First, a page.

Prevent and Protect Yourself from HPV
This year, the University of Florida Health Cancer Center is recognizing March 4, International HPV Awareness Day, by equipping you with the information you need to protect yourself from this infection, which causes 30,700 cases of cancer in the U.S. each year.
What is HPV?
Human papillomaviruses, or HPVs, are a group of more than 200 related viruses that are spread through sexual contact. Most types are not harmful. According to the Centers for Disease Control and Prevention, nearly every sexually active person will develop some form of HPV in their lifetime — but in nine out of 10 of those cases, the virus will not show any symptoms and will go away within two years. There are times, however, when certain types of the HPV virus can progress to cancer.
Infections caused by HPV:
- Cervical cancer: Almost all cases of cervical cancer are caused by HPV.
- Cancer of the anus: About 95 percent of anal cancers are caused by HPV.
- Cancers of the mouth, tongue and throat: About 70 percent of oropharyngeal cancers are caused by HPV.
- Vaginal and vulvar cancer: About 65 percent of vaginal cancers and 50 percent of vulvar cancer are caused by HPV.
- Cancer of the penis: About 35 percent of penile cancers are caused by HPV.
- Genital warts: About 90 percent of genital warts are caused by HPV.
- Warts in the throat: Two types of HPV can cause benign tumors to grow in the air passages leading from the nose and mouth into the lungs.
HPV also causes the most common cancer, oropharyngeal squamous cell carcinoma. This head and neck cancer has increased by 300 percent in the past 20 years, according to a recent study by Ashish Deshmukh, Ph.D., MPH, an assistant professor in the department of health services research, management and policy at the University of Florida.
Fortunately, there is an effective vaccine against HPV; unfortunately, however, recent data shows that only 57 percent of girls and 35 percent of boys have received the vaccine, according to the CDC.
In the past, HPV was considered particularly threatening to women. However, one of the most high-risk strains of HPV, HPV 16, is seven times more common among men than women, Deshmukh said in a recent interview with CBS. Researchers also found that one in nine men in the U.S., or 12 percent, have an oral infection of the virus, compared to only 3 percent of women.
Researchers are unsure why the oral HPV rate is so much higher in men than in women, but there are ways to protect yourself and your loved ones from the virus and prevent its spread.
How do you protect yourself and your loved ones from HPV?
According to the CDC, vaccines are very effective and can prevent most of the cancers caused by HPV.
Experts say boys and girls between the ages of 11 and 12 should receive both doses of the vaccine six to 12 months apart. If they received their two shots less than five months apart, they will need a third dose of the vaccine. If your child is over 14 years old, he or she should receive three shots over six months.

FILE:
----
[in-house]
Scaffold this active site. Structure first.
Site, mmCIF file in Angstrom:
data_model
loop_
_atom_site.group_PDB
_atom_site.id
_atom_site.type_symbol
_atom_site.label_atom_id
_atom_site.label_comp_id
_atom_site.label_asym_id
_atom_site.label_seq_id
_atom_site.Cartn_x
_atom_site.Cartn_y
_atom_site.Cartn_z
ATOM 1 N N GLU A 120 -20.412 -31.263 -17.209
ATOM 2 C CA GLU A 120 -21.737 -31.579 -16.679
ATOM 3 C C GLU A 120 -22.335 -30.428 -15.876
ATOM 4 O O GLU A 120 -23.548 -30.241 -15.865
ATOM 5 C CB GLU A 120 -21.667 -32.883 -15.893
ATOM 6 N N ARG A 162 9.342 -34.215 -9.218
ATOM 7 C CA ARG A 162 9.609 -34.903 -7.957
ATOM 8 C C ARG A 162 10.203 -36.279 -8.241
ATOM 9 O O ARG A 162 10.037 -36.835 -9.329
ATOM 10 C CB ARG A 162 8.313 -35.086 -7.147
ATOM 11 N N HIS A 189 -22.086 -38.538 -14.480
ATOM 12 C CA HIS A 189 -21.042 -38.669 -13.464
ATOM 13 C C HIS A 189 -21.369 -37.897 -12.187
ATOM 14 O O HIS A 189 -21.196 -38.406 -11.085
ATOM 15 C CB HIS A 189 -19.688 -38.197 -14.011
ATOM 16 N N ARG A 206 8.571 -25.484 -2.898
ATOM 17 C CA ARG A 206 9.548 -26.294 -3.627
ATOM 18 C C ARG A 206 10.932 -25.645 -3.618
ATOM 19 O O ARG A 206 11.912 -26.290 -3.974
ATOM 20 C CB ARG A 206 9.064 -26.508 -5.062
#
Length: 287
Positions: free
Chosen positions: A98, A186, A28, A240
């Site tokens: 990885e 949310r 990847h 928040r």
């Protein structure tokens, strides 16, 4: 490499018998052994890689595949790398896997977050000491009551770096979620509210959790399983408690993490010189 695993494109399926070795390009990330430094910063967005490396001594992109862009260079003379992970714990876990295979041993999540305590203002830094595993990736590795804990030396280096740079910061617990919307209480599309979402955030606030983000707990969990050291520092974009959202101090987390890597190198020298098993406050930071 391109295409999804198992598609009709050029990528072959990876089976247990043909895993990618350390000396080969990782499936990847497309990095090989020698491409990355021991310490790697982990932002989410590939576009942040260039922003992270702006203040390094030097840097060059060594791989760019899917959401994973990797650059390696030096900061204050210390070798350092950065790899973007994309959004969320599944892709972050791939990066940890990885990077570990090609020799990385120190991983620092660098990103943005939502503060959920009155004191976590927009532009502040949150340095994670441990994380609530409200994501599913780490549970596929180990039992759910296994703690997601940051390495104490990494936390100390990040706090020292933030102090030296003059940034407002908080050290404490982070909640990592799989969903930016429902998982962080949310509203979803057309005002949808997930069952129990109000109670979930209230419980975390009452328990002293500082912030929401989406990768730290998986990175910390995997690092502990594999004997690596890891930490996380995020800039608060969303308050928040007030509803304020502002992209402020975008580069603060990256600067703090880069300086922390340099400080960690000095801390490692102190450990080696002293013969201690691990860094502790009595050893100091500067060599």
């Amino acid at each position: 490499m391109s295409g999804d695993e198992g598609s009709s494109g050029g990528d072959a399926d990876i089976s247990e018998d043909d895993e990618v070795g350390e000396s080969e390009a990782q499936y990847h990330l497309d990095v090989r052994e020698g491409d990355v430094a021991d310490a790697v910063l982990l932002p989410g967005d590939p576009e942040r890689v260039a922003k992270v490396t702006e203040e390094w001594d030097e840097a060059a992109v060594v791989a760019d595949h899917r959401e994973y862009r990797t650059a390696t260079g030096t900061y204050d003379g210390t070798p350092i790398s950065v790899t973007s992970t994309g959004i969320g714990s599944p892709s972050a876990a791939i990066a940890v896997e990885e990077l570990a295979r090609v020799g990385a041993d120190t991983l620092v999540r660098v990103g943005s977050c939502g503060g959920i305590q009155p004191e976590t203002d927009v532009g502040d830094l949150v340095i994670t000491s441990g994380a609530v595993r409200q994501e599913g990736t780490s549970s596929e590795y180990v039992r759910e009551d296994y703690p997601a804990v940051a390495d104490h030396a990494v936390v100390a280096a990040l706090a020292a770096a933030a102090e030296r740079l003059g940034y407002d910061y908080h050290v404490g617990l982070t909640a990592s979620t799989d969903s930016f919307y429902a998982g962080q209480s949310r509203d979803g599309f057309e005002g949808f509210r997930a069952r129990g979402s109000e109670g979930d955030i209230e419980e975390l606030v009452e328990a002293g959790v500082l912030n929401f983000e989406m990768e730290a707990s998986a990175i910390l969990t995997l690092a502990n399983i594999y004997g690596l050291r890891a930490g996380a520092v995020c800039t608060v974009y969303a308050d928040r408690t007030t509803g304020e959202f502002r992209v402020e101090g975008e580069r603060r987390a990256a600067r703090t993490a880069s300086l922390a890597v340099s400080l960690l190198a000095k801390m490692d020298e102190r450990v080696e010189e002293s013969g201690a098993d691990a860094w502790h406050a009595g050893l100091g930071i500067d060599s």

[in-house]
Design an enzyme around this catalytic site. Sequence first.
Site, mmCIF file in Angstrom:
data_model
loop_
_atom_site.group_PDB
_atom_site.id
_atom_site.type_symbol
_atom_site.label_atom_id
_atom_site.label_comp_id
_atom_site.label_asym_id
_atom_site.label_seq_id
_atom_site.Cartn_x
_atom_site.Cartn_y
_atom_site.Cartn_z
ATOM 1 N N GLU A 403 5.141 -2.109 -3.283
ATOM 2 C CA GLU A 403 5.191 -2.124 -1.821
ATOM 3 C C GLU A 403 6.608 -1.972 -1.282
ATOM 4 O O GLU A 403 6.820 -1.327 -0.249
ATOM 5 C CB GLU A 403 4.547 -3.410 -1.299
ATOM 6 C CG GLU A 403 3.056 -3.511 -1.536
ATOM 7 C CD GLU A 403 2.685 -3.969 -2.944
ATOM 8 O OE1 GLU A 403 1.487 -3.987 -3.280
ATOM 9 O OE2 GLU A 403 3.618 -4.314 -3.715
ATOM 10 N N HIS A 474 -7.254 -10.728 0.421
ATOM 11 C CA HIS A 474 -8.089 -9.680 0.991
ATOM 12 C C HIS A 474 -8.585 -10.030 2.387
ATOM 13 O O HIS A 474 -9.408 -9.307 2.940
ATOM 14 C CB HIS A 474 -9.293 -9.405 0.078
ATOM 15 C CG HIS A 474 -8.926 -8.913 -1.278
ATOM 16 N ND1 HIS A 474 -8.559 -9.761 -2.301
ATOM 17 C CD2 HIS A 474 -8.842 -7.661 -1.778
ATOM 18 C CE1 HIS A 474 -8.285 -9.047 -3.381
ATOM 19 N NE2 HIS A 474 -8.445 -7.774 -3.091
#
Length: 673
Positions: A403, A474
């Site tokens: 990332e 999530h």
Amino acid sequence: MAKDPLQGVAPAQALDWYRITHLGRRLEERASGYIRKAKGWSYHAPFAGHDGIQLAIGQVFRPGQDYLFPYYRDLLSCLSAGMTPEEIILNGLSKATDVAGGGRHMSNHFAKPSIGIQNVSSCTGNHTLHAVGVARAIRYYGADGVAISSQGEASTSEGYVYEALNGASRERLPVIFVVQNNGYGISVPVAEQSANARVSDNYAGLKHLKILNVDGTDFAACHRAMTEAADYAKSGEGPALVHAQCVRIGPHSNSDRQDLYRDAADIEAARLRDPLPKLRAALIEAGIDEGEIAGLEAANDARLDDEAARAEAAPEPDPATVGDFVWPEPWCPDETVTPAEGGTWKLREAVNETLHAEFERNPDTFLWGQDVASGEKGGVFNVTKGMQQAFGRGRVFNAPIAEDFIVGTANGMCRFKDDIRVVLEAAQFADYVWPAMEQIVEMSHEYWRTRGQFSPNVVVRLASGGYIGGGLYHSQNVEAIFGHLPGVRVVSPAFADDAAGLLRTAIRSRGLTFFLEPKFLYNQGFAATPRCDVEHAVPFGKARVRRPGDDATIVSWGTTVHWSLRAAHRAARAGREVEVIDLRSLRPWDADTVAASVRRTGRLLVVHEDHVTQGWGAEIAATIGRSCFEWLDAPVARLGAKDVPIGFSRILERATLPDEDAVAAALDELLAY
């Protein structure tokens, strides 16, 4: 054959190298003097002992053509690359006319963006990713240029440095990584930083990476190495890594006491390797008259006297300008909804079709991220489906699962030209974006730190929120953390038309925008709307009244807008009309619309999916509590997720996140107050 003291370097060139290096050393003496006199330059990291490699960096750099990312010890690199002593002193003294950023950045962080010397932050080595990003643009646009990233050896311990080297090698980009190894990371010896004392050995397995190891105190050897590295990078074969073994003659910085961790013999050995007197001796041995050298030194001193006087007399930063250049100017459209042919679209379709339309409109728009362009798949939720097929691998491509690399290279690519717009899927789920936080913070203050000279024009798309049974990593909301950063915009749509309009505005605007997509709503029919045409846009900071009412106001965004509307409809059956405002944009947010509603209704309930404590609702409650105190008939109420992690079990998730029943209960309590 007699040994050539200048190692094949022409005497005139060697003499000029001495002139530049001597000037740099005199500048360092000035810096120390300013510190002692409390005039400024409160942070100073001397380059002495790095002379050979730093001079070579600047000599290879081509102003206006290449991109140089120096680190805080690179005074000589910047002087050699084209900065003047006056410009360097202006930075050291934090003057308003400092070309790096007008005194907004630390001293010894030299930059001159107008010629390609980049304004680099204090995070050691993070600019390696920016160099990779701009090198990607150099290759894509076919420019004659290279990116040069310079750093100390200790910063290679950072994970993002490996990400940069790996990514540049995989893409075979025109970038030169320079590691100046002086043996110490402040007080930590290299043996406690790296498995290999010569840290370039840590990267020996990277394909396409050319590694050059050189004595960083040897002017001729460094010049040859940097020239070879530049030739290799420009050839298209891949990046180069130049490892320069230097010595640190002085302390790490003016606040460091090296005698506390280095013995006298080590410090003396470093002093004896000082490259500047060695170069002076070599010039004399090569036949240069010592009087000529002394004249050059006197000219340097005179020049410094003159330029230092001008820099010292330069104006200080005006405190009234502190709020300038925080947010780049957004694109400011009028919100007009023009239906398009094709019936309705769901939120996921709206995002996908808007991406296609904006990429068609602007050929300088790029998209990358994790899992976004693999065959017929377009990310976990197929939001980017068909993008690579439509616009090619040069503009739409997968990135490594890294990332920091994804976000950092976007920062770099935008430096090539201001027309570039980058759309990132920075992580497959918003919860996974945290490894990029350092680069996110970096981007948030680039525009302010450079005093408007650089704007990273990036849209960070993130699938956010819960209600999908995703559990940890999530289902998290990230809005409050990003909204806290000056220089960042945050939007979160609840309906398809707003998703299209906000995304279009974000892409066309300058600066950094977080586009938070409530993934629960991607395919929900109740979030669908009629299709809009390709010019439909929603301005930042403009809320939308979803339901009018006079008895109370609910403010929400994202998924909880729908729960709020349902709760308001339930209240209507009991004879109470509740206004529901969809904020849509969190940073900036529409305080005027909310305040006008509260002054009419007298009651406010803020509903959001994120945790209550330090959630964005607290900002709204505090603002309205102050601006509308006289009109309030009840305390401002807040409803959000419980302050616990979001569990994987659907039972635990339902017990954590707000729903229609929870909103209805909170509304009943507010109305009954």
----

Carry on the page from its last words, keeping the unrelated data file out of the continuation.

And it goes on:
If your teenager has not gotten the vaccine, you should consult a doctor or nurse about getting it as quickly as possible. In addition, if your teen did not finish the vaccine series, he or she should complete it now.
The HPV vaccine is recommended for men who are aged 21 years and younger. If they have sex with other men, it is recommended they receive the vaccine through age 26. This also applies to transgender young adults. Women should receive the vaccine through age 26.
These ages are recommended for maximum vaccine effectiveness. According to the CDC, clinical trials indicate that after these ages, the vaccine provided little to no protection to HPV-related diseases. If you are over these ages and want to receive the vaccine, it is possible, but it may not be covered by your insurance provider.
Another way to protect yourself from the harmful effects of HPV and cervical cancer is to screen regularly — which means to check for HPV or HPV-related diseases before there are any symptoms. Beginning at age 21, women should receive a Pap test every three years. This can help diagnose cervical cancer early. Women can also pair it with an HPV test, which can find any of the high-risk types of HPV that are commonly found in cervical cancer.
Currently, there is no approved test for HPV in men and screening is not recommended by the CDC for anal, penile or throat cancers. However, men who may be at increased risk for anal cancer, including men with HIV or men who receive anal sex, may be eligible for an anal Pap test and should ask their health care provider. Lastly, see a health care provider if you have any new or unusual growths, lumps or sores on your penis, scrotum, anus, mouth or throat.
For more information on how to protect yourself from HPV, talk to your health care provider or visit our HPV Vaccine health topic page.